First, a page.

BANGOR, Maine – A federal jury delivered a split verdict at midnight Friday after deliberating for more than nine hours following the three-week trial of a former Chelsea selectwoman.
The jury of six men and six women found Carole Swan, 55, not guilty on two of four counts of workers’ compensation fraud and not guilty of the illegal use of federal funds used to pay for a culvert with money from the Federal Emergency Management Administration.
Jurors found Swan guilty on five counts of tax fraud from 2006 to 2010 and two counts of lying in 2008 and 2010 about her income and work history to receive workers’ compensation benefits. The jury rejected Swan’s contention that she was justified in breaking the law due to alleged abuse at the hands of her estranged husband, Marshall Swan.
U.S. District Judge John Woodcock ordered that Swan remain free on personal recognizance bail.
A sentencing date is not expected to be set for several months.
Carole Swan testified earlier this week in U.S. District Court that she was a battered wife and endured years of abuse at the hands of her estranged husband, owner of Marshall Swan Construction. She said that she did what he told her to do and did not intentionally break the law.
Assistant U.S. Attorney Donald Clark, who prosecuted the case, declined to comment on the verdict.
Defense attorney Leonard Sharon of Auburn said that he was disappointed in the verdict overall but “very happy we won the culvert case.”
The tax fraud charges alleged the couple underreported their taxable income between 2006 and 2010 by more than $650,000. Carole Swan was accused of lying about her sources of income to obtain about $30,000 in workers’ compensation a year between 2008 and 2011.
She also was accused of charging the town $130,000 for a culvert job on Windsor Road that cost only $58,000, according to court documents. The funds to fix the culvert from FEMA allegedly were paid to Marshall Swan Construction, which is owned by the couple, according to Clark
Originally, Marshall and Carole Swan were to be tried together. Woodcock ruled a few days before the trial began on July 8 that they should be tried separately. The judge reversed an earlier ruling that the Swans be tried together after the abuse allegations were made.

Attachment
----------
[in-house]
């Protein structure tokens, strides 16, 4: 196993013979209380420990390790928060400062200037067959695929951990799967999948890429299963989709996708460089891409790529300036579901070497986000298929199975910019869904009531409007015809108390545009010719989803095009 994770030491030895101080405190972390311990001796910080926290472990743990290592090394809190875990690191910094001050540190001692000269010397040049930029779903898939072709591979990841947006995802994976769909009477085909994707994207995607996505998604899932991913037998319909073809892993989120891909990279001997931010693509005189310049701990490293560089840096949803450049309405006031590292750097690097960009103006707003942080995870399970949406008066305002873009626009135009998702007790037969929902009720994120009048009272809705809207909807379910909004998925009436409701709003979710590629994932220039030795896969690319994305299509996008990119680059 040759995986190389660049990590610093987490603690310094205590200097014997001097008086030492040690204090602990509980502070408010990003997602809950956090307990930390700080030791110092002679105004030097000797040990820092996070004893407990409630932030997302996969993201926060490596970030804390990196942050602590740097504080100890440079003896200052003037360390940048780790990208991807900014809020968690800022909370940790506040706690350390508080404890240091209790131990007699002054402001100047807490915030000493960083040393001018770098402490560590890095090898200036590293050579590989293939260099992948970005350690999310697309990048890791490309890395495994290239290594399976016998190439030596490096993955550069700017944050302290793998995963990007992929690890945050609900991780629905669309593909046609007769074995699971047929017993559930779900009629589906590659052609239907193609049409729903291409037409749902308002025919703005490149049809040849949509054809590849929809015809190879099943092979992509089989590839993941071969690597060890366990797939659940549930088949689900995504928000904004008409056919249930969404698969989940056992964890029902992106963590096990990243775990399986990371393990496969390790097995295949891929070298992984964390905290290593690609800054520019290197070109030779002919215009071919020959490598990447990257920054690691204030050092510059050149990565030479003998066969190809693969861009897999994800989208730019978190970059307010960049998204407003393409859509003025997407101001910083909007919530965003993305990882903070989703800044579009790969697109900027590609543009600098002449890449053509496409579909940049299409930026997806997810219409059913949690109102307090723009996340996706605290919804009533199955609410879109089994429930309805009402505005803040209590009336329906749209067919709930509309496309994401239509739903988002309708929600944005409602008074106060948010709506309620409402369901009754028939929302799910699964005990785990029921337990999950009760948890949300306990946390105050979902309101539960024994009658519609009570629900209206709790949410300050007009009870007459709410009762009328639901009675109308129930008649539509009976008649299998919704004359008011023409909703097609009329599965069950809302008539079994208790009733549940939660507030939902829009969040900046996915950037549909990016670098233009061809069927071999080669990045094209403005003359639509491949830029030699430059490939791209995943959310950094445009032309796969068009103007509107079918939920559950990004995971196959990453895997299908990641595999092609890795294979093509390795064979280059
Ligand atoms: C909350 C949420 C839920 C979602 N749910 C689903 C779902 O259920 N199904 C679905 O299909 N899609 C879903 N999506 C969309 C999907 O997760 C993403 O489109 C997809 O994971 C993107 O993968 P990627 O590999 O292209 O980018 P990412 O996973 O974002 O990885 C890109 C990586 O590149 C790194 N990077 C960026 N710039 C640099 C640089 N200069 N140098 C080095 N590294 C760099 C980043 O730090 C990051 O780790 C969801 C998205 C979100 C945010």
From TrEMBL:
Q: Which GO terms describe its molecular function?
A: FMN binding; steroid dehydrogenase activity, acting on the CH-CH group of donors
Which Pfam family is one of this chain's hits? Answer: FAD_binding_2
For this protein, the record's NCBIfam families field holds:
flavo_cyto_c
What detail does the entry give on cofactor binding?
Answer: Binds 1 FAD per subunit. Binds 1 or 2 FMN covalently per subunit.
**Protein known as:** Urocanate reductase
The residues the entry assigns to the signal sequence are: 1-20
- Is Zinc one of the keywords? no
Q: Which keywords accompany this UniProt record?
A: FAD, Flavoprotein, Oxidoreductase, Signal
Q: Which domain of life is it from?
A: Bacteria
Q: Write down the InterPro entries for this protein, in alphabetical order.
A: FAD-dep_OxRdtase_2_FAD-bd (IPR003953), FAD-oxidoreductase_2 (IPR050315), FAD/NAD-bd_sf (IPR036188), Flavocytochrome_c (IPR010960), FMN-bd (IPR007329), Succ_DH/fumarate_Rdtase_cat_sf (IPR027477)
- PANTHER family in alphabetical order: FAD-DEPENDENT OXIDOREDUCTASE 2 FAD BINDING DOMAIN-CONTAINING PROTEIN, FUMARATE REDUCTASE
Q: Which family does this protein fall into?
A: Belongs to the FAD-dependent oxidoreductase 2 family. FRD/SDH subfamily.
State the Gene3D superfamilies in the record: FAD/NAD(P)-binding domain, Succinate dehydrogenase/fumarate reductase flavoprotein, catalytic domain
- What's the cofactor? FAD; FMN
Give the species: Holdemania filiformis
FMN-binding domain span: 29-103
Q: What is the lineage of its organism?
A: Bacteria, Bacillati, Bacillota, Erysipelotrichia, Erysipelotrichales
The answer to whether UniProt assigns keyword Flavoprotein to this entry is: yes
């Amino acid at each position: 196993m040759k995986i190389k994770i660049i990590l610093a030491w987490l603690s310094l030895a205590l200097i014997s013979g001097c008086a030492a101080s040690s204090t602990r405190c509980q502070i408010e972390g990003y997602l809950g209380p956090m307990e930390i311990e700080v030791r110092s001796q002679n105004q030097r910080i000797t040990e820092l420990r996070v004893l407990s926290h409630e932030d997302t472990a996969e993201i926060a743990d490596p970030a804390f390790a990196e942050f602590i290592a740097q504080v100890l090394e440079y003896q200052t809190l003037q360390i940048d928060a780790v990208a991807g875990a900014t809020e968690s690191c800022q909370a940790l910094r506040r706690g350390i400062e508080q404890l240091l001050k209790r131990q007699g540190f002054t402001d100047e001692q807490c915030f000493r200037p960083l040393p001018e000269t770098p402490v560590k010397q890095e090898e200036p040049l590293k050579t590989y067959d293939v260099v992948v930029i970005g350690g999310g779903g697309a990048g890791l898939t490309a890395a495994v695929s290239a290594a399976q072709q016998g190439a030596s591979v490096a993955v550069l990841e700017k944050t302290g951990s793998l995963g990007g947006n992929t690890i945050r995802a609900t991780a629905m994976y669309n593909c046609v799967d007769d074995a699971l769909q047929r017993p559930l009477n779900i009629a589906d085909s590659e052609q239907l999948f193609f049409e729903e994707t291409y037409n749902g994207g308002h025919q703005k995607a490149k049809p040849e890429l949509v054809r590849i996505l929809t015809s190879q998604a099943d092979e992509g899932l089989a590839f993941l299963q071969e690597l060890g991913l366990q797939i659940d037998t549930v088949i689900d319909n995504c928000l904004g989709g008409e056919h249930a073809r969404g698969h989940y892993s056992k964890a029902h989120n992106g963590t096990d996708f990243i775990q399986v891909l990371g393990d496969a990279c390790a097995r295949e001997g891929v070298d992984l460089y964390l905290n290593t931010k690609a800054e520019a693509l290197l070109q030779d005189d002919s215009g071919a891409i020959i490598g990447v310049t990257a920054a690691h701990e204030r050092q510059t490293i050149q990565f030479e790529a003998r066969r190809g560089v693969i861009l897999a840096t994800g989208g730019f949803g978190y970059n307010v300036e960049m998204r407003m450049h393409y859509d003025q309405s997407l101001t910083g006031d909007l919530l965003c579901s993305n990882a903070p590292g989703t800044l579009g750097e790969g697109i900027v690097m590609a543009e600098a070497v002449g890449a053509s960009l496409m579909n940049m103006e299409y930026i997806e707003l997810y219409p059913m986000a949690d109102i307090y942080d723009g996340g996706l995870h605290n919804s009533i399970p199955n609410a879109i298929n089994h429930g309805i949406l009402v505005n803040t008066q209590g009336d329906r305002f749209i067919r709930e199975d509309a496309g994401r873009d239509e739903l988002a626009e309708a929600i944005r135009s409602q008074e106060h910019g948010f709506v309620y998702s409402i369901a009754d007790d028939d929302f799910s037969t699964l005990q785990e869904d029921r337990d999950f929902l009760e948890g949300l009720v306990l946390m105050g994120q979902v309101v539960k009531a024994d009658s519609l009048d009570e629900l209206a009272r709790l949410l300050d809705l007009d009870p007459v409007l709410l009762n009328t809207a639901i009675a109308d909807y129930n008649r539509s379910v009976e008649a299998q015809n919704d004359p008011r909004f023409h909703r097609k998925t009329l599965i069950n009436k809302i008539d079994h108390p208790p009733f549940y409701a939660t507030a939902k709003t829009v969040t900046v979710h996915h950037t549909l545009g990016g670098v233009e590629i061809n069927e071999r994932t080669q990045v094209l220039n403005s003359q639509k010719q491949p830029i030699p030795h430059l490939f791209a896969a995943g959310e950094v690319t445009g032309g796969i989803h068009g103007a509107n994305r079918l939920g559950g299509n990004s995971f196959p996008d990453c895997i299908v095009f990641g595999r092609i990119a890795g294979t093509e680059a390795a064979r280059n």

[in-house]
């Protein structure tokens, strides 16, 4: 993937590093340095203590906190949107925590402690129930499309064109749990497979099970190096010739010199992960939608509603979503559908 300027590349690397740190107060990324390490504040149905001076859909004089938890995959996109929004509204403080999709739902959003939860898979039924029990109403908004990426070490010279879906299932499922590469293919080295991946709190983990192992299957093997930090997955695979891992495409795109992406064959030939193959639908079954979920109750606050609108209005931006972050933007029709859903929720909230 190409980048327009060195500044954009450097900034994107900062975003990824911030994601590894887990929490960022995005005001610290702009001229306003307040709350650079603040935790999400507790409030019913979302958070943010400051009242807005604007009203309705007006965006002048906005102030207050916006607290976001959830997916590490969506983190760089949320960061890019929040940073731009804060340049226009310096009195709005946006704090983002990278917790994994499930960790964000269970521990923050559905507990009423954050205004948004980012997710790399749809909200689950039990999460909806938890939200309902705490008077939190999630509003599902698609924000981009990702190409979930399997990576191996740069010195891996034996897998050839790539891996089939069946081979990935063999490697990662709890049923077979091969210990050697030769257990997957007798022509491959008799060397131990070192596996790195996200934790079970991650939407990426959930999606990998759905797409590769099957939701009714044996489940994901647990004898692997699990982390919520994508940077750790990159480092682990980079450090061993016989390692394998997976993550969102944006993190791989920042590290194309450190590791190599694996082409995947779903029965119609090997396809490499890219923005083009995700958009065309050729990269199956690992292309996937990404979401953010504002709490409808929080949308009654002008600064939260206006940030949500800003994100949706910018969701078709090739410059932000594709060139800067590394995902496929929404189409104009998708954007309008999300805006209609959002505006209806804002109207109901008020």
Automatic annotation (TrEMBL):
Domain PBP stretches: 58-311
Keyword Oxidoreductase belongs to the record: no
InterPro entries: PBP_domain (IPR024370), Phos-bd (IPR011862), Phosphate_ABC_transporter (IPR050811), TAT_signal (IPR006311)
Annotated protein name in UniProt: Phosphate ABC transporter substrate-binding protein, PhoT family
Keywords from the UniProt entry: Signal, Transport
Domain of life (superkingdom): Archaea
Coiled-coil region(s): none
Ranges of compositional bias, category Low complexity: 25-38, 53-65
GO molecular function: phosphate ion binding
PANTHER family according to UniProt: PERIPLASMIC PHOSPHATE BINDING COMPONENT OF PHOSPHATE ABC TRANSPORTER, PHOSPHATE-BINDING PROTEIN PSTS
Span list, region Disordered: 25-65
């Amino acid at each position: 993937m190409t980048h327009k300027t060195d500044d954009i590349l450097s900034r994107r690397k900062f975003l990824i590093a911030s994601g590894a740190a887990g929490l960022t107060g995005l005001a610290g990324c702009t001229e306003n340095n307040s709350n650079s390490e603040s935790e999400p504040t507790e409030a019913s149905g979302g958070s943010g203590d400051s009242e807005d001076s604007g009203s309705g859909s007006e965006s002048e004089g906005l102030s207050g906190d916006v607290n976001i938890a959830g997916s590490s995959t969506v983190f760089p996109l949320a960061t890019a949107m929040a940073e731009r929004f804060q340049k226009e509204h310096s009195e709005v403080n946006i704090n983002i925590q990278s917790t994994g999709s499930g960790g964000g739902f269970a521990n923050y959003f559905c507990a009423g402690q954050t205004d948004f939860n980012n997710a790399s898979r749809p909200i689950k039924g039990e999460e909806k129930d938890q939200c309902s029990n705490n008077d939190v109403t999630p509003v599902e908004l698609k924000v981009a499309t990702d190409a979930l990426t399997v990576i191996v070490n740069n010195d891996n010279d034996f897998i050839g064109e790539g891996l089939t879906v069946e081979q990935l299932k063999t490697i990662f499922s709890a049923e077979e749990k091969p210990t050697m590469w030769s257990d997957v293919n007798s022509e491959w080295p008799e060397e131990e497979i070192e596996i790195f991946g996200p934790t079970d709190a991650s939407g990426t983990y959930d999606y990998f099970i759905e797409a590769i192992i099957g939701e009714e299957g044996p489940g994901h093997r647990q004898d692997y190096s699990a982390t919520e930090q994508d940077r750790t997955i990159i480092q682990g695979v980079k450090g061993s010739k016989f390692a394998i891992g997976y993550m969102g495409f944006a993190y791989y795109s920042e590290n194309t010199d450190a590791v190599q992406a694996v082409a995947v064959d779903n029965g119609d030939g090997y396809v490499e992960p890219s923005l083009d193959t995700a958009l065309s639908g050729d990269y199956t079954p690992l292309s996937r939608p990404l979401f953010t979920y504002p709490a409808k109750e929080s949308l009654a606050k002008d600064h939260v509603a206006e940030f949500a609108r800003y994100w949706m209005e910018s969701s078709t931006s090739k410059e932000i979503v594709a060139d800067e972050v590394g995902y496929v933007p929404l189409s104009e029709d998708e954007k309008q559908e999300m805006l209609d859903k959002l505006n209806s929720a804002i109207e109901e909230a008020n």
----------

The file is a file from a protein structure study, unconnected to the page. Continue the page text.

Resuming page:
Marshall Swan is to be tried in October.
Carole Swan still faces a separate trial on extortion charges. A date for that trial has not been set.
Those charges stem from Carole Swan’s alleged use of her position as a town leader to extort money from an area construction company by overpaying and getting kickbacks. She had the town overpay the construction company — a plowing contractor named Frank Monroe — and received a kickback from him for $3,000 in January 2010, and another $7,000 in December 2010, according to the indictment. In the third extortion count, she allegedly asked the contractor to inflate his bill for road sand so she could get $10,000.
Information about Swan’s income from Monroe was introduced by the prosecution only to show that she had unreported income, Clark told the jury in his closing argument.
Carole Swan testified earlier this week that she was conducting a sting operation on her own and planned to take information about Monroe demanding kickbacks to the Kennebec County District Attorney.
The judge told jurors they first had to decide whether the defendant was guilty or not guilty beyond a reasonable doubt on each of 10 counts. If they found her guilty, jurors then had to decide by a preponderance of the evidence if her actions were justified due to the abuse.
To find her actions justified, the jury had to find that she acted on an unlawful and immediate threat of serious bodily injury or death, that she had no chance to refuse to perform the criminal act and that she committed the crime only because of the threat.
Carole Swan faces up to five years on the workers’ compensation fraud counts and up to three years on the tax fraud charges. If she had been convicted on the charge related to the misuse of FEMA funds, she could have been sent to prison for up to 10 year.
In addition to prison time, she also could be ordered to pay fines of up to $250,000 and restitution of nearly $400,000.